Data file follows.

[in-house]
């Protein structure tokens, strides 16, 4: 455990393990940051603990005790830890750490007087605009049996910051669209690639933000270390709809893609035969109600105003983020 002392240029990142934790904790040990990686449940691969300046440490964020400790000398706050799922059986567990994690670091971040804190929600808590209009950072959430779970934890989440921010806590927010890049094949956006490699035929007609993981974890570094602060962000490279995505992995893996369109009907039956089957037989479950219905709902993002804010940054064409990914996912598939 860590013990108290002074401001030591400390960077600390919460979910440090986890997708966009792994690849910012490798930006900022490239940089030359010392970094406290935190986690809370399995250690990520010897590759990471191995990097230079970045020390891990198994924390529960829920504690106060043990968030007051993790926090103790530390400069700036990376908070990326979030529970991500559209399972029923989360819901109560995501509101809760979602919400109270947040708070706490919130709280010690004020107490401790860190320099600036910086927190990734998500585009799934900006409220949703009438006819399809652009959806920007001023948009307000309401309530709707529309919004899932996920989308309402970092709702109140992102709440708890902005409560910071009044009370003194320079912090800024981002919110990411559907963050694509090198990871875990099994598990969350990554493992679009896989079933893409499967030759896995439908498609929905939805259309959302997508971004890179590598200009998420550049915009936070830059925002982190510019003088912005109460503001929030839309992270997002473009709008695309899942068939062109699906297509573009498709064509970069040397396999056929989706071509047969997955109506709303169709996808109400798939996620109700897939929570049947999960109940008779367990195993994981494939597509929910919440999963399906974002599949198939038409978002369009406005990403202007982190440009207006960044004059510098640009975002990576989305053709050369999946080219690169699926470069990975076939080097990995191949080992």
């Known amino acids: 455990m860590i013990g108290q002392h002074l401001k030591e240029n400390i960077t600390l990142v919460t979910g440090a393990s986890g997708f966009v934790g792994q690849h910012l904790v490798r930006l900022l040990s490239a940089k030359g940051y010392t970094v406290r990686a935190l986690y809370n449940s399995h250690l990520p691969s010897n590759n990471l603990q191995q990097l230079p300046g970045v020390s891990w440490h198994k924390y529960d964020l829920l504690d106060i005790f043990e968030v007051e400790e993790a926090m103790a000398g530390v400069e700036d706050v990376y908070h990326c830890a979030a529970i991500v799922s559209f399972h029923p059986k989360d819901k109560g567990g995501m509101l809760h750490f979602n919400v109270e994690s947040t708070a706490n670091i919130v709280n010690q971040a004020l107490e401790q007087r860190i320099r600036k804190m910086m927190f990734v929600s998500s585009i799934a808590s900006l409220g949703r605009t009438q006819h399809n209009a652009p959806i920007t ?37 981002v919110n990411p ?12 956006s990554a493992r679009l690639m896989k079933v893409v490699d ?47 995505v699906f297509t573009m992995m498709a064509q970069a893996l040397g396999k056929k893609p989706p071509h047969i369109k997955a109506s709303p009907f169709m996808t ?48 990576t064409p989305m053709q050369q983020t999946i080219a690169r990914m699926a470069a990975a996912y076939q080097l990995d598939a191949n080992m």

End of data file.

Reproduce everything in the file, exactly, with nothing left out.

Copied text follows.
[in-house]
């Protein structure tokens, strides 16, 4: 455990393990940051603990005790830890750490007087605009049996910051669209690639933000270390709809893609035969109600105003983020 002392240029990142934790904790040990990686449940691969300046440490964020400790000398706050799922059986567990994690670091971040804190929600808590209009950072959430779970934890989440921010806590927010890049094949956006490699035929007609993981974890570094602060962000490279995505992995893996369109009907039956089957037989479950219905709902993002804010940054064409990914996912598939 860590013990108290002074401001030591400390960077600390919460979910440090986890997708966009792994690849910012490798930006900022490239940089030359010392970094406290935190986690809370399995250690990520010897590759990471191995990097230079970045020390891990198994924390529960829920504690106060043990968030007051993790926090103790530390400069700036990376908070990326979030529970991500559209399972029923989360819901109560995501509101809760979602919400109270947040708070706490919130709280010690004020107490401790860190320099600036910086927190990734998500585009799934900006409220949703009438006819399809652009959806920007001023948009307000309401309530709707529309919004899932996920989308309402970092709702109140992102709440708890902005409560910071009044009370003194320079912090800024981002919110990411559907963050694509090198990871875990099994598990969350990554493992679009896989079933893409499967030759896995439908498609929905939805259309959302997508971004890179590598200009998420550049915009936070830059925002982190510019003088912005109460503001929030839309992270997002473009709008695309899942068939062109699906297509573009498709064509970069040397396999056929989706071509047969997955109506709303169709996808109400798939996620109700897939929570049947999960109940008779367990195993994981494939597509929910919440999963399906974002599949198939038409978002369009406005990403202007982190440009207006960044004059510098640009975002990576989305053709050369999946080219690169699926470069990975076939080097990995191949080992």
């Known amino acids: 455990m860590i013990g108290q002392h002074l401001k030591e240029n400390i960077t600390l990142v919460t979910g440090a393990s986890g997708f966009v934790g792994q690849h910012l904790v490798r930006l900022l040990s490239a940089k030359g940051y010392t970094v406290r990686a935190l986690y809370n449940s399995h250690l990520p691969s010897n590759n990471l603990q191995q990097l230079p300046g970045v020390s891990w440490h198994k924390y529960d964020l829920l504690d106060i005790f043990e968030v007051e400790e993790a926090m103790a000398g530390v400069e700036d706050v990376y908070h990326c830890a979030a529970i991500v799922s559209f399972h029923p059986k989360d819901k109560g567990g995501m509101l809760h750490f979602n919400v109270e994690s947040t708070a706490n670091i919130v709280n010690q971040a004020l107490e401790q007087r860190i320099r600036k804190m910086m927190f990734v929600s998500s585009i799934a808590s900006l409220g949703r605009t009438q006819h399809n209009a652009p959806i920007t ?37 981002v919110n990411p ?12 956006s990554a493992r679009l690639m896989k079933v893409v490699d ?47 995505v699906f297509t573009m992995m498709a064509q970069a893996l040397g396999k056929k893609p989706p071509h047969i369109k997955a109506s709303p009907f169709m996808t ?48 990576t064409p989305m053709q050369q983020t999946i080219a690169r990914m699926a470069a990975a996912y076939q080097l990995d598939a191949n080992m």